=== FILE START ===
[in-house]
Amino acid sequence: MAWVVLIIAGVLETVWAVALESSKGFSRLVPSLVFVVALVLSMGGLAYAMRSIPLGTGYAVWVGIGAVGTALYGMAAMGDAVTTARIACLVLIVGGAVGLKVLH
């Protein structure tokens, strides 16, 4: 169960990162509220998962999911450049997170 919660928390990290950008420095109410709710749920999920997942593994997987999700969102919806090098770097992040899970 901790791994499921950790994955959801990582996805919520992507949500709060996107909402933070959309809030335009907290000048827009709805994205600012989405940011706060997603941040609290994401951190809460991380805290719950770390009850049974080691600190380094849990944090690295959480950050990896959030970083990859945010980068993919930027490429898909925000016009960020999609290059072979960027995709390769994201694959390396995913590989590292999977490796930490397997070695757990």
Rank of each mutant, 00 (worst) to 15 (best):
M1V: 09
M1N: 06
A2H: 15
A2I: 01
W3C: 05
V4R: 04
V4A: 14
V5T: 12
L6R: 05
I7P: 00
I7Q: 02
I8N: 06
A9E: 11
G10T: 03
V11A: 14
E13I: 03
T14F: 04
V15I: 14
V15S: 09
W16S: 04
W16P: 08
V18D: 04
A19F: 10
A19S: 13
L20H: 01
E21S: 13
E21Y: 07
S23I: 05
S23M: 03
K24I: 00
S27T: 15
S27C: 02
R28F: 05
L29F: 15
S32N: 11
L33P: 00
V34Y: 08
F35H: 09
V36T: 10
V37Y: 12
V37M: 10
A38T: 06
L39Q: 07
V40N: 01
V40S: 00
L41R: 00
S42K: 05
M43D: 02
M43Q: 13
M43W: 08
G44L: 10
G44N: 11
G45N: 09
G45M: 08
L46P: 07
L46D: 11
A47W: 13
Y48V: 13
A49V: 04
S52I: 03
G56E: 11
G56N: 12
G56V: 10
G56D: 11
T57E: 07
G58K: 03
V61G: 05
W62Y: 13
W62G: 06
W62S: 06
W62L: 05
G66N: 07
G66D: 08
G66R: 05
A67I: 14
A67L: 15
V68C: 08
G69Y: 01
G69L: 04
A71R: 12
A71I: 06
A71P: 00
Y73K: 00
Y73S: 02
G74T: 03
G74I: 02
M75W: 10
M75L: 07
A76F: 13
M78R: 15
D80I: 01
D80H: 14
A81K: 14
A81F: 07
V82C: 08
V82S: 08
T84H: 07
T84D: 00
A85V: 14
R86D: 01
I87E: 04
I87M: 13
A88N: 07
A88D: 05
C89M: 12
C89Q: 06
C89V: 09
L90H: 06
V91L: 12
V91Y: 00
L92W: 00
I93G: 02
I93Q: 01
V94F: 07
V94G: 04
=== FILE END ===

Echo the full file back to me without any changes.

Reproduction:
[in-house]
Amino acid sequence: MAWVVLIIAGVLETVWAVALESSKGFSRLVPSLVFVVALVLSMGGLAYAMRSIPLGTGYAVWVGIGAVGTALYGMAAMGDAVTTARIACLVLIVGGAVGLKVLH
């Protein structure tokens, strides 16, 4: 169960990162509220998962999911450049997170 919660928390990290950008420095109410709710749920999920997942593994997987999700969102919806090098770097992040899970 901790791994499921950790994955959801990582996805919520992507949500709060996107909402933070959309809030335009907290000048827009709805994205600012989405940011706060997603941040609290994401951190809460991380805290719950770390009850049974080691600190380094849990944090690295959480950050990896959030970083990859945010980068993919930027490429898909925000016009960020999609290059072979960027995709390769994201694959390396995913590989590292999977490796930490397997070695757990």
Rank of each mutant, 00 (worst) to 15 (best):
M1V: 09
M1N: 06
A2H: 15
A2I: 01
W3C: 05
V4R: 04
V4A: 14
V5T: 12
L6R: 05
I7P: 00
I7Q: 02
I8N: 06
A9E: 11
G10T: 03
V11A: 14
E13I: 03
T14F: 04
V15I: 14
V15S: 09
W16S: 04
W16P: 08
V18D: 04
A19F: 10
A19S: 13
L20H: 01
E21S: 13
E21Y: 07
S23I: 05
S23M: 03
K24I: 00
S27T: 15
S27C: 02
R28F: 05
L29F: 15
S32N: 11
L33P: 00
V34Y: 08
F35H: 09
V36T: 10
V37Y: 12
V37M: 10
A38T: 06
L39Q: 07
V40N: 01
V40S: 00
L41R: 00
S42K: 05
M43D: 02
M43Q: 13
M43W: 08
G44L: 10
G44N: 11
G45N: 09
G45M: 08
L46P: 07
L46D: 11
A47W: 13
Y48V: 13
A49V: 04
S52I: 03
G56E: 11
G56N: 12
G56V: 10
G56D: 11
T57E: 07
G58K: 03
V61G: 05
W62Y: 13
W62G: 06
W62S: 06
W62L: 05
G66N: 07
G66D: 08
G66R: 05
A67I: 14
A67L: 15
V68C: 08
G69Y: 01
G69L: 04
A71R: 12
A71I: 06
A71P: 00
Y73K: 00
Y73S: 02
G74T: 03
G74I: 02
M75W: 10
M75L: 07
A76F: 13
M78R: 15
D80I: 01
D80H: 14
A81K: 14
A81F: 07
V82C: 08
V82S: 08
T84H: 07
T84D: 00
A85V: 14
R86D: 01
I87E: 04
I87M: 13
A88N: 07
A88D: 05
C89M: 12
C89Q: 06
C89V: 09
L90H: 06
V91L: 12
V91Y: 00
L92W: 00
I93G: 02
I93Q: 01
V94F: 07
V94G: 04